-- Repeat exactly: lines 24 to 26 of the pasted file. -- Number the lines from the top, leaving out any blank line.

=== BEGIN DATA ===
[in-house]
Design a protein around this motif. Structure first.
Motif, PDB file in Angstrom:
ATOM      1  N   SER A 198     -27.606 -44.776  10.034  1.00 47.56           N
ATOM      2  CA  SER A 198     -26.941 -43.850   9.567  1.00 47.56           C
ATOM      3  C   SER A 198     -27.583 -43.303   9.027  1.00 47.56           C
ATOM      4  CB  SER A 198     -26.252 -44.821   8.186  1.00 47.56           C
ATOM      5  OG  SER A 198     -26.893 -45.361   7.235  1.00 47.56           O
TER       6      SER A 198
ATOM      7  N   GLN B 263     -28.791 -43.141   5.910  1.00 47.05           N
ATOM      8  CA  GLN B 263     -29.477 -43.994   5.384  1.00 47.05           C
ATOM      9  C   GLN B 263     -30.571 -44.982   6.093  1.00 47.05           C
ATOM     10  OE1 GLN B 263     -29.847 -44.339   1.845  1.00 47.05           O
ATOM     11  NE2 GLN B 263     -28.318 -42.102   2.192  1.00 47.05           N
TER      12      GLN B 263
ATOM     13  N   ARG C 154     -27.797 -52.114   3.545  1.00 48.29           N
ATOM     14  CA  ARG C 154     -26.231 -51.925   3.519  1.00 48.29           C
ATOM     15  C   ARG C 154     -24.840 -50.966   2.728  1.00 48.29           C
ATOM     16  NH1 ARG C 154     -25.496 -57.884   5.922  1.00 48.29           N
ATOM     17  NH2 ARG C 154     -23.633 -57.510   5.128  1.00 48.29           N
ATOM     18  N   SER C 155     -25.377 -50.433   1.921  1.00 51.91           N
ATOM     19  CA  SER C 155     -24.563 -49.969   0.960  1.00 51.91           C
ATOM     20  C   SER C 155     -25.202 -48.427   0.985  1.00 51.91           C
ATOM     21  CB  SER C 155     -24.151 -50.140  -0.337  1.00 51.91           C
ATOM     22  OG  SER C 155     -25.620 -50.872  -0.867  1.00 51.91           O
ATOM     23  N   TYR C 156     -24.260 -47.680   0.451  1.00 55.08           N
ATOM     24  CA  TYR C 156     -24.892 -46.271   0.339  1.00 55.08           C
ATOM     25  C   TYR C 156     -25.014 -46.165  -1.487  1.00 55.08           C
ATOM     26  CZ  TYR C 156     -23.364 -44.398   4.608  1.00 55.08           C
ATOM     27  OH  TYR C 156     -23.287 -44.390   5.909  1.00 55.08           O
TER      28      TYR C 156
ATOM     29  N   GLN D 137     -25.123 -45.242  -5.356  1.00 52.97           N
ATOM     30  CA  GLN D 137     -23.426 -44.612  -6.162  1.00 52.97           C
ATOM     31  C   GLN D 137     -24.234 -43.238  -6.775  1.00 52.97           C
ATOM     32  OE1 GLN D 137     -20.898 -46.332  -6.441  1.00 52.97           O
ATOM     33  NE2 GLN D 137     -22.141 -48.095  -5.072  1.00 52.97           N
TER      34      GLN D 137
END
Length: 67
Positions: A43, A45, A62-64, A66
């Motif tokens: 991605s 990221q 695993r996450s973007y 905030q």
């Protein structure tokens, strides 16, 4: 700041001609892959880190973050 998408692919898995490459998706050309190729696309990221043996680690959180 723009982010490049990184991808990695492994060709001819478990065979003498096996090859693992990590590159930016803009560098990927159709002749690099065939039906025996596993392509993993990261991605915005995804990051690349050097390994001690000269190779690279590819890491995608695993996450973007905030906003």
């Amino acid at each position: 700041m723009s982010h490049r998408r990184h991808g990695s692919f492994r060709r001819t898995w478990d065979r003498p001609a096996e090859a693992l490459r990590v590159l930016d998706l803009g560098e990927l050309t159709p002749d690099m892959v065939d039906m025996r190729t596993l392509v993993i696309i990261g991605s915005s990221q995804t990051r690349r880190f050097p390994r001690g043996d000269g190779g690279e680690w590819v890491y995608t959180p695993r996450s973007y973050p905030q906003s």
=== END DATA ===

ATOM     21  CB  SER C 155     -24.151 -50.140  -0.337  1.00 51.91           C
ATOM     22  OG  SER C 155     -25.620 -50.872  -0.867  1.00 51.91           O
ATOM     23  N   TYR C 156     -24.260 -47.680   0.451  1.00 55.08           N